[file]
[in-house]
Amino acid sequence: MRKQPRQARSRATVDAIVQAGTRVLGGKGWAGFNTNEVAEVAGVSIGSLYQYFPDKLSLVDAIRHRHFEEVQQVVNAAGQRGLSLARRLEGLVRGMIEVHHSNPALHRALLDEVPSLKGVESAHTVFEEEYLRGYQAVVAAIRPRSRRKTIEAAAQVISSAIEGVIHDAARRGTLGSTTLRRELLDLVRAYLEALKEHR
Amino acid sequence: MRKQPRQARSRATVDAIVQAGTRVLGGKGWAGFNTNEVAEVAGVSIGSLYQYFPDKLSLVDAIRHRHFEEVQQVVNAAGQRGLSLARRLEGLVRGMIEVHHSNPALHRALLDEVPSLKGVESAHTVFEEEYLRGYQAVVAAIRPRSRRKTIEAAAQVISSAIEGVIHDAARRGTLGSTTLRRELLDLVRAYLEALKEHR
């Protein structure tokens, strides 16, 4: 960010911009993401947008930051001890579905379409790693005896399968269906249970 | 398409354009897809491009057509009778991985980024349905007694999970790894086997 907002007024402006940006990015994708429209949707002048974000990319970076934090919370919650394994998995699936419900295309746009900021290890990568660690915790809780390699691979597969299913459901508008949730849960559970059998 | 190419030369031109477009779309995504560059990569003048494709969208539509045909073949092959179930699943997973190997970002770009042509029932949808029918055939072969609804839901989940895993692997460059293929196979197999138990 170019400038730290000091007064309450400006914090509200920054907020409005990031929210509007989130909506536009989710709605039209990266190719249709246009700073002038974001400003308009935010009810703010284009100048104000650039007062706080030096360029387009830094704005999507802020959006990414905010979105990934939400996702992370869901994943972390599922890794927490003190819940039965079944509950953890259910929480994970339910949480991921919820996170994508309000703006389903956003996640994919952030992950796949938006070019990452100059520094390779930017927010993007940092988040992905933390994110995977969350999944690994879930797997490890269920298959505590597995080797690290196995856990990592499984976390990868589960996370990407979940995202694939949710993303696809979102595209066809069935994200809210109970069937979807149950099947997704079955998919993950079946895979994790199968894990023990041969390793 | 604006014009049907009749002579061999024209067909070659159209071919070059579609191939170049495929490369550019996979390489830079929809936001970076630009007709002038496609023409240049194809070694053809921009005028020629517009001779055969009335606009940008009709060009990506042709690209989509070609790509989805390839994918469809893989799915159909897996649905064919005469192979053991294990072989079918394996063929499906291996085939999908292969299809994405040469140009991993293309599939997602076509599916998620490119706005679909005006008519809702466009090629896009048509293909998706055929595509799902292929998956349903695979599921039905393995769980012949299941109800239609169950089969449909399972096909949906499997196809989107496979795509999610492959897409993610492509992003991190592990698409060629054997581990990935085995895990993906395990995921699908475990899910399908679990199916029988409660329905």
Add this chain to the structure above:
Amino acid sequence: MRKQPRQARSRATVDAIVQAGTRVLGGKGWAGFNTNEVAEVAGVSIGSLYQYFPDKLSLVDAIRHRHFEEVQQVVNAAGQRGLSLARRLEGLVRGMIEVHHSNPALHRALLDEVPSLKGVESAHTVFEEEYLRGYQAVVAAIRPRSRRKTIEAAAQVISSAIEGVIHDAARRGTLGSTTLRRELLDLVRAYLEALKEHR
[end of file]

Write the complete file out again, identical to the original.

[in-house]
Amino acid sequence: MRKQPRQARSRATVDAIVQAGTRVLGGKGWAGFNTNEVAEVAGVSIGSLYQYFPDKLSLVDAIRHRHFEEVQQVVNAAGQRGLSLARRLEGLVRGMIEVHHSNPALHRALLDEVPSLKGVESAHTVFEEEYLRGYQAVVAAIRPRSRRKTIEAAAQVISSAIEGVIHDAARRGTLGSTTLRRELLDLVRAYLEALKEHR
Amino acid sequence: MRKQPRQARSRATVDAIVQAGTRVLGGKGWAGFNTNEVAEVAGVSIGSLYQYFPDKLSLVDAIRHRHFEEVQQVVNAAGQRGLSLARRLEGLVRGMIEVHHSNPALHRALLDEVPSLKGVESAHTVFEEEYLRGYQAVVAAIRPRSRRKTIEAAAQVISSAIEGVIHDAARRGTLGSTTLRRELLDLVRAYLEALKEHR
């Protein structure tokens, strides 16, 4: 960010911009993401947008930051001890579905379409790693005896399968269906249970 | 398409354009897809491009057509009778991985980024349905007694999970790894086997 907002007024402006940006990015994708429209949707002048974000990319970076934090919370919650394994998995699936419900295309746009900021290890990568660690915790809780390699691979597969299913459901508008949730849960559970059998 | 190419030369031109477009779309995504560059990569003048494709969208539509045909073949092959179930699943997973190997970002770009042509029932949808029918055939072969609804839901989940895993692997460059293929196979197999138990 170019400038730290000091007064309450400006914090509200920054907020409005990031929210509007989130909506536009989710709605039209990266190719249709246009700073002038974001400003308009935010009810703010284009100048104000650039007062706080030096360029387009830094704005999507802020959006990414905010979105990934939400996702992370869901994943972390599922890794927490003190819940039965079944509950953890259910929480994970339910949480991921919820996170994508309000703006389903956003996640994919952030992950796949938006070019990452100059520094390779930017927010993007940092988040992905933390994110995977969350999944690994879930797997490890269920298959505590597995080797690290196995856990990592499984976390990868589960996370990407979940995202694939949710993303696809979102595209066809069935994200809210109970069937979807149950099947997704079955998919993950079946895979994790199968894990023990041969390793 | 604006014009049907009749002579061999024209067909070659159209071919070059579609191939170049495929490369550019996979390489830079929809936001970076630009007709002038496609023409240049194809070694053809921009005028020629517009001779055969009335606009940008009709060009990506042709690209989509070609790509989805390839994918469809893989799915159909897996649905064919005469192979053991294990072989079918394996063929499906291996085939999908292969299809994405040469140009991993293309599939997602076509599916998620490119706005679909005006008519809702466009090629896009048509293909998706055929595509799902292929998956349903695979599921039905393995769980012949299941109800239609169950089969449909399972096909949906499997196809989107496979795509999610492959897409993610492509992003991190592990698409060629054997581990990935085995895990993906395990995921699908475990899910399908679990199916029988409660329905």
Add this chain to the structure above:
Amino acid sequence: MRKQPRQARSRATVDAIVQAGTRVLGGKGWAGFNTNEVAEVAGVSIGSLYQYFPDKLSLVDAIRHRHFEEVQQVVNAAGQRGLSLARRLEGLVRGMIEVHHSNPALHRALLDEVPSLKGVESAHTVFEEEYLRGYQAVVAAIRPRSRRKTIEAAAQVISSAIEGVIHDAARRGTLGSTTLRRELLDLVRAYLEALKEHR